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Gun control fight not over, Newtown families vow as anniversary nears

The families have converged on Washington to meet with President Obama and lawmakers and read names of those killed by gun violence. Friday marks six months since the Newtown shootings.

By Staff writer / June 13, 2013

Supporters and family members of the Newtown, Conn. shooting victims form a human "ribbon" on the West Front of the Capitol in Washington, Thursday, looking toward the Washington Monument, on the sixth month anniversary of the Newtown shootings.

Jacquelyn Martin/AP

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Family members of the Newtown, Conn., shooting victims joined with other gun-control supporters in Washington Thursday to form a human “ribbon of remembrance.” For hours, they read the names of nearly 4,800 people who have been killed by gun violence in the six months since the Dec. 14 massacre at Sandy Hook Elementary School – including the 20 children and six adults slain there that day.

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In a tribute to victims’ families, key Democratic lawmakers vowed at a noon press conference that they would continue pushing for a vote on universal background checks in the Senate – which failed for lack of five votes in April – and in the House, which has not voted on any gun-control legislation since the Newtown tragedy.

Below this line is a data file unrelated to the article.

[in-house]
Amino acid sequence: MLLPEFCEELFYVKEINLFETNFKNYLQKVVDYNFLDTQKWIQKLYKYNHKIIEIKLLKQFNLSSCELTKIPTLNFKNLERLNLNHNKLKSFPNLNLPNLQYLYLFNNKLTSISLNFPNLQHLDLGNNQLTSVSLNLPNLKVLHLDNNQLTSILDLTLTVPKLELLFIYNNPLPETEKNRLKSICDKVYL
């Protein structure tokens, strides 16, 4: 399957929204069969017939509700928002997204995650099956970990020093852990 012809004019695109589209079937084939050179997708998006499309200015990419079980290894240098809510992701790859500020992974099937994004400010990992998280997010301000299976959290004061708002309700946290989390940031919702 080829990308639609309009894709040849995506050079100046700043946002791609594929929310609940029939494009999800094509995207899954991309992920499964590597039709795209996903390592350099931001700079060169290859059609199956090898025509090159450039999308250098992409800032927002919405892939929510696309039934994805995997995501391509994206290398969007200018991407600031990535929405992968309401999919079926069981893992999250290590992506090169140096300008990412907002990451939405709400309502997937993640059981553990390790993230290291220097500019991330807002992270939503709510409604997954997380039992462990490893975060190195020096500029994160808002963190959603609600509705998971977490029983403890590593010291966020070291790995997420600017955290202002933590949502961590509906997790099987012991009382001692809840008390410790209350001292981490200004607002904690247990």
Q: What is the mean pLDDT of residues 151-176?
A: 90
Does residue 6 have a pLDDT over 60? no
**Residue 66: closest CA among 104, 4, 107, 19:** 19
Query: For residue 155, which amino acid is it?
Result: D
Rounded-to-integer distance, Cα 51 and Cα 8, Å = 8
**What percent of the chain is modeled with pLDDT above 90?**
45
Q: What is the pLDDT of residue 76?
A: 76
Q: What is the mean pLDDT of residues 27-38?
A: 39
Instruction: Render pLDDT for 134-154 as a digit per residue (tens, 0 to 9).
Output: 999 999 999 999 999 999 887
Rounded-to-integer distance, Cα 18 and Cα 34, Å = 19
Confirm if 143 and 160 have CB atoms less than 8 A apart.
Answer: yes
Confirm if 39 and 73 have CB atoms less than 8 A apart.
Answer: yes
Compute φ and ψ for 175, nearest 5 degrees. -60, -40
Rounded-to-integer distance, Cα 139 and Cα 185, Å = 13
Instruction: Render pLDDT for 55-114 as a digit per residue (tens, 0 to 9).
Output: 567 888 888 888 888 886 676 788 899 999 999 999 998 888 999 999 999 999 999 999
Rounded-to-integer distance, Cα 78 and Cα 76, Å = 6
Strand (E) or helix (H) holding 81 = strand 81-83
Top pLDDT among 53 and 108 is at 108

“I am here today to remind Congress of what happened to my family,” said Jillian Soto, the younger sister of Sandy Hook teacher Victoria Soto, who was killed while confronting the gunman. “Just last week, more people were murdered in Santa Monica,” she said of the California shooting during the press conference. “Congress cannot continue to allow guns to be in the hands of these madmen.... We will continue to fight until Congress stands up and does something to make us safer from gun violence.”

Senate majority leader Harry Reid (D) of Nevada and House minority leader Nancy Pelosi (D) of California thanked the family members for turning their grief into action and vowed they would not give up the push for universal background checks. “You are the key to our getting something done,” Senator Reid said, “because the American people identify with what happened at that little elementary school in Connecticut.”

The families’ activism – combined with a continued drumbeat from New York Mayor Michael Bloomberg and the coalition he supports, Mayors Against Illegal Guns – is once again drawing attention to the gun-control debate. But it’s unclear whether the momentum will be sustained enough to overcome many lawmakers’ opposition to more federal restrictions on guns.

“It’s difficult to keep this issue on the agenda,” says Harry Wilson, a political science professor at Roanoke College in Salem, Va., and author of “Guns, Gun Control, and Elections: The Politics and Policy of Firearms.” “No one ever wants to say, ‘We’ve given up,’ ... and to a limited extent, I would take [legislators] at their word on that,” he says. “But if you’ve lost that issue and there are six other issues you want to pursue, you can’t spend all your time on one single issue.”

Gun-control activists contend the momentum for reform has strengthened rather than faded.

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